Manufacturing is a way of life in rural communities across North Carolina. And for decades, towns have done everything possible to keep their biggest employers happy from offering financial incentives to upgrading public utilities to meet the factories' needs. But even this wasn't enough for many businesses, which couldn't survive the pressures of free trade and globalization. Last year, North Carolina lost more textile and apparel jobs than any other state. Manufacturing layoffs accounted for 87-percent of job losses in rural counties. That was a double blow for many communities, which lost tax revenue and faced big bills for the water and sewer improvements meant to help the manufacturers stay in business. In the small textile town of Valdese, a group of community leaders is lobbying government to help bail them out.
When you drive into downtown Valdese, you're greeted by the smell of fresh-baked bread. The old Waldensian Bakery is a main-stay on main street, named after the Italian immigrants who founded the town in 1893. The Waldensian name still appears on the front of the building, but over the door is an awning reading "Sara Lee," its latest owner.
Like the bakery, many of the large employers in Valdese have re-located, closed or sold their businesses. Town leaders have tried to prevent this exodus by modernizing and improving public utilities,. As manufacturing swelled in the late 1980s and early 90s, towns like Valdese expanded the capacity of their water and sewer plants to accommodate the factories. Large dye and finishing houses use millions of liters of water a day. Just a few years ago, Valdese officials spent $3 million to expand the town's water plants even more:
"And we had to do that to accommodate 90-percent of our water and sewer users, says Valdese town manager Jeffrey Morse. He says this waste water treatment plant has been churning at half capacity ever since the town's largest water customer, Island Textiles, closed last year. That's meant a loss of nearly $400,000 for the town so far. Since not as much water is being used, not as much is being sold.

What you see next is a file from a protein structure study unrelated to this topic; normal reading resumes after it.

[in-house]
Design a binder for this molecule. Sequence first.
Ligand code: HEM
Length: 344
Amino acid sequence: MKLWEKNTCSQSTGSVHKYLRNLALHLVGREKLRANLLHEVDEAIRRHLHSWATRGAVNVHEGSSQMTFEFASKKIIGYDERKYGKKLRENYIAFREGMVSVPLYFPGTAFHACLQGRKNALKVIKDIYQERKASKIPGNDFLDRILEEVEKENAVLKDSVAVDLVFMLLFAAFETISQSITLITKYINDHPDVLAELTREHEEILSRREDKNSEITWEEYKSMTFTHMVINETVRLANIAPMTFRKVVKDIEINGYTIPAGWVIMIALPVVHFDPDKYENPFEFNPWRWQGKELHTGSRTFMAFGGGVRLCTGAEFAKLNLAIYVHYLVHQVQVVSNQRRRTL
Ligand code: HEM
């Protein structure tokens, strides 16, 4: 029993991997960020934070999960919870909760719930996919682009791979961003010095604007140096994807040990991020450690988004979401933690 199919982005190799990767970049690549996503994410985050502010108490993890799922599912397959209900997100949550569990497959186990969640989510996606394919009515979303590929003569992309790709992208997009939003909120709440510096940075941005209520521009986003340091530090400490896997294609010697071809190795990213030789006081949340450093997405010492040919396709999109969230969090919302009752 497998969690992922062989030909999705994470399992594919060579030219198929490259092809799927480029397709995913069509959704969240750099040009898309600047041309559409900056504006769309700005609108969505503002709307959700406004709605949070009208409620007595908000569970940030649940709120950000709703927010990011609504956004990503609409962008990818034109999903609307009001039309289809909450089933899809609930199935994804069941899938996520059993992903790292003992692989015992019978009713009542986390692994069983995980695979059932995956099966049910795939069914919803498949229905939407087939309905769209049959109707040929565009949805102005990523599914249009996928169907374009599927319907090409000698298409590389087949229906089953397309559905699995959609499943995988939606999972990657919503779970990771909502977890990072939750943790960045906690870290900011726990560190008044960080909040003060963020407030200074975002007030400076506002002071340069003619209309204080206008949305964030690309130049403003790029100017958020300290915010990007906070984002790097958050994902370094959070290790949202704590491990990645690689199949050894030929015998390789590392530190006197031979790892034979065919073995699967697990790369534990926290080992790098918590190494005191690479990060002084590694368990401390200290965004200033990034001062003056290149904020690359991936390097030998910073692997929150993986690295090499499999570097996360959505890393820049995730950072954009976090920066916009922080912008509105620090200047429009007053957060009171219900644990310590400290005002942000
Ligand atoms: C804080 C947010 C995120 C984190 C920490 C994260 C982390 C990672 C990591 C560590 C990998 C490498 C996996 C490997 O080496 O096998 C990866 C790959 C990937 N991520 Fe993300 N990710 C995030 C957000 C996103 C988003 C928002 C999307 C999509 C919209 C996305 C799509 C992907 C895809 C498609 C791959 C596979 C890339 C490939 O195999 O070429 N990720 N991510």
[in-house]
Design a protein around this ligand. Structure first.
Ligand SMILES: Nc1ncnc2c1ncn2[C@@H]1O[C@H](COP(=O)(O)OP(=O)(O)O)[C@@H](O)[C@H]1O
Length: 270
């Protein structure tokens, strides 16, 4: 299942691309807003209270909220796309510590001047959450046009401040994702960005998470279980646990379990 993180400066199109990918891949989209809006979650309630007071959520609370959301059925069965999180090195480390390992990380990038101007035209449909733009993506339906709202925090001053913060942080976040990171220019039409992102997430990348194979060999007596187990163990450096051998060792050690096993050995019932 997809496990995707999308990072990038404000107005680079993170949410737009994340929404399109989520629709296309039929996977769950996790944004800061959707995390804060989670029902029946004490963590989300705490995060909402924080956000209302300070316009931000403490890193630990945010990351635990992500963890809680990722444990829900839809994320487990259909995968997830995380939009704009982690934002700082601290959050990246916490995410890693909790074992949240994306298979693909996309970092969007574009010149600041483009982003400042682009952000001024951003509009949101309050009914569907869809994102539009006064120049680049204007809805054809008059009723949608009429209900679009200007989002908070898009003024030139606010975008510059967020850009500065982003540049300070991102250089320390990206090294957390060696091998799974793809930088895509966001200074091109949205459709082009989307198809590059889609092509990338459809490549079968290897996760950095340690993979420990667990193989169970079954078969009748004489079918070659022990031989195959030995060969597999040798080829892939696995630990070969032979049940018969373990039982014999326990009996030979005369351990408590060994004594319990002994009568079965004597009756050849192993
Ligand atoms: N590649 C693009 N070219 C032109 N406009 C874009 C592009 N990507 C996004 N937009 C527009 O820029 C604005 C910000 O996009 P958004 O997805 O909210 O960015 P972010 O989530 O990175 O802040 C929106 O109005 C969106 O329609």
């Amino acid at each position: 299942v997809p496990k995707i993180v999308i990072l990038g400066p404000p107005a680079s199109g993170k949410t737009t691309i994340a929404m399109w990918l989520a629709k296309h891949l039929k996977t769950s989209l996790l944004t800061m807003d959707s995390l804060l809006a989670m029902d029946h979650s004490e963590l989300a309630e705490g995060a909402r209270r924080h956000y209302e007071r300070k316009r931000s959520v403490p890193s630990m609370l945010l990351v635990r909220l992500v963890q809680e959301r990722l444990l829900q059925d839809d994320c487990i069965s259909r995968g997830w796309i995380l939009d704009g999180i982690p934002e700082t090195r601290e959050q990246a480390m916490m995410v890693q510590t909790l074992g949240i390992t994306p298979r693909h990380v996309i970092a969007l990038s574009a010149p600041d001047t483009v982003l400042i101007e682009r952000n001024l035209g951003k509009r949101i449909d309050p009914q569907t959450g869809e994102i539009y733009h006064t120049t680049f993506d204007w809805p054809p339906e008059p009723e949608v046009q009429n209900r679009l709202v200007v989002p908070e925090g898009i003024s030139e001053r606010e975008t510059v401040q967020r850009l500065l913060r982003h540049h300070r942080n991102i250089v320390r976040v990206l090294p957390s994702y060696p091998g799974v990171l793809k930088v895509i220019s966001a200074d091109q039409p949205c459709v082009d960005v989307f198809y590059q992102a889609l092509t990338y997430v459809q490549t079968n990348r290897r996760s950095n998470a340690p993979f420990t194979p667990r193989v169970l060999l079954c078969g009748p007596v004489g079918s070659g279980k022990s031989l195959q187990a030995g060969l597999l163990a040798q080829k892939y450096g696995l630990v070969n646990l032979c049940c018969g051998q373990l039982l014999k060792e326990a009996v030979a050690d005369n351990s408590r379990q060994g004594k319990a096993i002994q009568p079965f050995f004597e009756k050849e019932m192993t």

Mr. Morse says towns like Valdese are crying out for the same help displaced workers get when companies close down or move to other countries for cheaper labor: "What the federal government haven't recognized yet is, what effect are NAFTA policies or international trade policies are having on those communities who supported those companies and the debt we've gone into to support these companies," he says. "So when they get up and leave, we're still stuck with the debt."
To make up for lost revenue, town officials say they would have to increase water rates by at least 30-percent. That would be bad news for companies still in Valdese, like Carolina Mills. Jerry Finney is general manager of the dye and finishing plant, one of the biggest employers in town. "It would mean jobs. If you got a 20 or 30-percent increase, it would be 40,000 50,000 a month in costs. All of that would come right out of our profits," he says.
This leaves Valdese facing a major dilemma: how to pay the bills without pricing out struggling manufacturers?
"Hello, Yes. Oh Joanie, can I call you back, I'm in Raleigh at the General Assembly begging for money," says Mr. Morse. Last month, the town manager spent a couple of days in the state capital, to lobby the General Assembly for passage of a half-cent sales tax increase. "Because when an industry closes like a large water user, we not only lose the revenue from the water sales and the sewer sales. We also lose the property tax base. So both funds are hit."
Valdese isn't alone. A dozen hard-hit communities across North Carolina have formed a coalition. They're asking the federal government to help struggling textile towns pay for water and sewer upgrades and repairs as their largest water customers continue to disappear one-by-one.
The U.S. Senate Appropriations Committee has said no, but that answer could change. The House Appropriations Committee just said "yes" to Valdese and a couple of other small manufacturing towns. It will be months before there's a final answer from Congress. Until then, officials like Jeffrey Morse will continue to lobby the federal government to adopt trade policies that won't leave small towns high and dry.